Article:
Adams hit .284 as a junior and was the MVP of the super regionals, but by that point, starring on the national stage was nothing new for him. In 2007, he led Walpole to the Little League World Series for the first time in the town's history. As a teenager, he led the Walpole High School Rebels to two Bay State League titles and was a starter for all four seasons.
"After you coach him, you see why he's so successful," said Bill Tompkins, Adams' coach with the Rebels and longtime athletic director at Walpole High. "He's all about the team. He's all about baseball. He'll do anything to help the team. It's always great to see how he's doing, and it doesn't surprise me. Once you coach him, you see how important he is to the success of the team."
Adams brought the Rebels to the postseason in each year he played at Walpole and was a three-time First-Team Bay State League All-Star.
"I could tell he was going to be one of the top-notch players to ever go through our program," Tompkins said. "From the time he was a freshman, I knew he'd go on to do something special. Within an hour after he got drafted, he gave me a call and thanked me for the work we put in. It tells you about him. He's one of those kids you don't get a chance to coach very often.
"He's always been the one person in the lineup, since he was 12 years old through high school, that everyone gunned to get out. He's always had that pressure but has always accepted it and come through under pressure."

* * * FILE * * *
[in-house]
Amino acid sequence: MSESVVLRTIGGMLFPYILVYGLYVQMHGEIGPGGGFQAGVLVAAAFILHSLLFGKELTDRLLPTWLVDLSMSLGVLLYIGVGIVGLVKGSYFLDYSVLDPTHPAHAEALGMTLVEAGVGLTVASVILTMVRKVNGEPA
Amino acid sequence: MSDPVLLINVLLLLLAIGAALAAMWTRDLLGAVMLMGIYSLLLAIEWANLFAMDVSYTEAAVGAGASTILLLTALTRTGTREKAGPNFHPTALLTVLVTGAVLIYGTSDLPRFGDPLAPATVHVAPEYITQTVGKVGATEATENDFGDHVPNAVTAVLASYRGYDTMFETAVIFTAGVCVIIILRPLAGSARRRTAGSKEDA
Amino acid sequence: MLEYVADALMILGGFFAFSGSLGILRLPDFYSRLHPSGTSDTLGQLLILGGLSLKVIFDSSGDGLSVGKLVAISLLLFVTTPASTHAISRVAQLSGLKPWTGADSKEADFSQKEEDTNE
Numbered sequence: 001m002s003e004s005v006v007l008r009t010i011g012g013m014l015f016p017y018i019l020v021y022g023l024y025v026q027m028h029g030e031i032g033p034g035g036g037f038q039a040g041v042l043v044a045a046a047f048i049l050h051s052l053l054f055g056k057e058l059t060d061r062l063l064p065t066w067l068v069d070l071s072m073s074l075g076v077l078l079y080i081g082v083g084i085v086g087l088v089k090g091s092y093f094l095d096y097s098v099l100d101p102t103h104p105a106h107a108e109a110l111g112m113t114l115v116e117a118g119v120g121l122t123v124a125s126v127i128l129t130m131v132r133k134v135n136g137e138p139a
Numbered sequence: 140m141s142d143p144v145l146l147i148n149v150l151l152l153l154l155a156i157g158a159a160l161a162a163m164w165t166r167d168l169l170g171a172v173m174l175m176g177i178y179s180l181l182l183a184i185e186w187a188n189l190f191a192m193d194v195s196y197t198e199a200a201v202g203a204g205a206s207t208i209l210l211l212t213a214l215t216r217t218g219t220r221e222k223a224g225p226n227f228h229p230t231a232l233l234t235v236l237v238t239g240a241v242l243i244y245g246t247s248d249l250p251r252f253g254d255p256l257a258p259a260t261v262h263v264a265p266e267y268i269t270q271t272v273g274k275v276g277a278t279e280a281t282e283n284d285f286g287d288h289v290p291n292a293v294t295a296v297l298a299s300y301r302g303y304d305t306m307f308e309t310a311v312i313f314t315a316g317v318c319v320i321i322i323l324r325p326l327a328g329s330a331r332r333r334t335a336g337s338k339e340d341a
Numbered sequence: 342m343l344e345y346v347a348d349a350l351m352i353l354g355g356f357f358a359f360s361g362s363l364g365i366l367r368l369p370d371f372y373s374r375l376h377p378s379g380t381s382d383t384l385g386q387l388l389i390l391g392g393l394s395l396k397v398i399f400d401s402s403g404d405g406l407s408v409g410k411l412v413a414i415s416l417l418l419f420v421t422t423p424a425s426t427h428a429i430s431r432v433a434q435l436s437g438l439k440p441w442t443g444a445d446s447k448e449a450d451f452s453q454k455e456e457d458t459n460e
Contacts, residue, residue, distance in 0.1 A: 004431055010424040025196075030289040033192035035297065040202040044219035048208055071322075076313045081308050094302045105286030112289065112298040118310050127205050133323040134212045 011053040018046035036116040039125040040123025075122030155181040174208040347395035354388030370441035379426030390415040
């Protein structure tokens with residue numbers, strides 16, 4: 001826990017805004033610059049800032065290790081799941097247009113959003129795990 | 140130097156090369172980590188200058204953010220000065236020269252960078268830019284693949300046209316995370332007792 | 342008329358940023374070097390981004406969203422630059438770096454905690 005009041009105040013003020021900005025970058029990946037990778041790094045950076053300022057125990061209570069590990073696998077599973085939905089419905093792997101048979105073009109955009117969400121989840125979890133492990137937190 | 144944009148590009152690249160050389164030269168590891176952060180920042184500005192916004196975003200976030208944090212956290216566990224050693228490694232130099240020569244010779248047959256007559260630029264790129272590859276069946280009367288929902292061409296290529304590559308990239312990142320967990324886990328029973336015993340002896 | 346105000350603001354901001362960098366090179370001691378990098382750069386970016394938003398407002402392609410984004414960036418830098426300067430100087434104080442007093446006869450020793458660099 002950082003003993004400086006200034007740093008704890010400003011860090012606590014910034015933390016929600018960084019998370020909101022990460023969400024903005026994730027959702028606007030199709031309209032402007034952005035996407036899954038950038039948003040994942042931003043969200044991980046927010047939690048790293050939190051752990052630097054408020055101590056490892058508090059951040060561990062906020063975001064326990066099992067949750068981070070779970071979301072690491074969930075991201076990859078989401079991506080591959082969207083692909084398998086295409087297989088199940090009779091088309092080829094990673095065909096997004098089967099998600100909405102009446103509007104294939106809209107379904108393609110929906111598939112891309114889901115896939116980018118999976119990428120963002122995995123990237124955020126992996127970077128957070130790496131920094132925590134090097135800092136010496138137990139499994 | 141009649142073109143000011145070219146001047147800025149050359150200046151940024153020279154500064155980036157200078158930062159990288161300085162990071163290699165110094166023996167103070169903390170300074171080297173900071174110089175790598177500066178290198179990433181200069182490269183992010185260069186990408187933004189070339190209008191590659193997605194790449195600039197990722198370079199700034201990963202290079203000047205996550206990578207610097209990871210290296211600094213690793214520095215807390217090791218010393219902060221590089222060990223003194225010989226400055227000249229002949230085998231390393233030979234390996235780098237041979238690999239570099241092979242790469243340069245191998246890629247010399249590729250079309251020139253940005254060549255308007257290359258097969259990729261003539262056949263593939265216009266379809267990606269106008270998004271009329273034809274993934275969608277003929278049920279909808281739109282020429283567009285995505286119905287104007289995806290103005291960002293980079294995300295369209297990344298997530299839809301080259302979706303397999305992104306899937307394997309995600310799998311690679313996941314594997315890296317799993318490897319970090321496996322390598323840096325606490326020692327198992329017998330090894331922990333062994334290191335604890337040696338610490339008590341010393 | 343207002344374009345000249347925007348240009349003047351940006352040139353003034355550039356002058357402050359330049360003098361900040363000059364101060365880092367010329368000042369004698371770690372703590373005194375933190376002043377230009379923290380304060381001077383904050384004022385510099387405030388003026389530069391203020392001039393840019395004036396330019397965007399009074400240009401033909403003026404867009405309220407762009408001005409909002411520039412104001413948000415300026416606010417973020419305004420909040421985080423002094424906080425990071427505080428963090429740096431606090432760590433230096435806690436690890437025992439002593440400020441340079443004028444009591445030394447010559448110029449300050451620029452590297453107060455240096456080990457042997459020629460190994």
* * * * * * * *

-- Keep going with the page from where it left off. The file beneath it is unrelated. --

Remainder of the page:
Adams faced more pressure during his last two college summers, playing with the Harwich Mariners, of all teams, in the elite Cape Cod League. His performance there -- he won the "10th Player Award" in 2015 and helped Harwich to the playoffs in 2016 -- may have helped him get his pro opportunity after his quiet final year at BC.
After accomplishing just about everything he could with teams in Massachusetts over his amateur career, Adams was drafted by an organization based across the country from the Commonwealth.
"It was a huge adjustment being away from home," Adams said of playing with the Everett, Washington-based AquaSox in the Class A Short Season Northwest League last year.
"It was my first time I was away in my whole life. But at the end of the day, it just came down to playing baseball and it doesn't really matter where you are. I tried to simplify things and remember it's just a game and I'm playing it somewhere a little farther away from home. I'm a homebody, but being away has been a unique experience."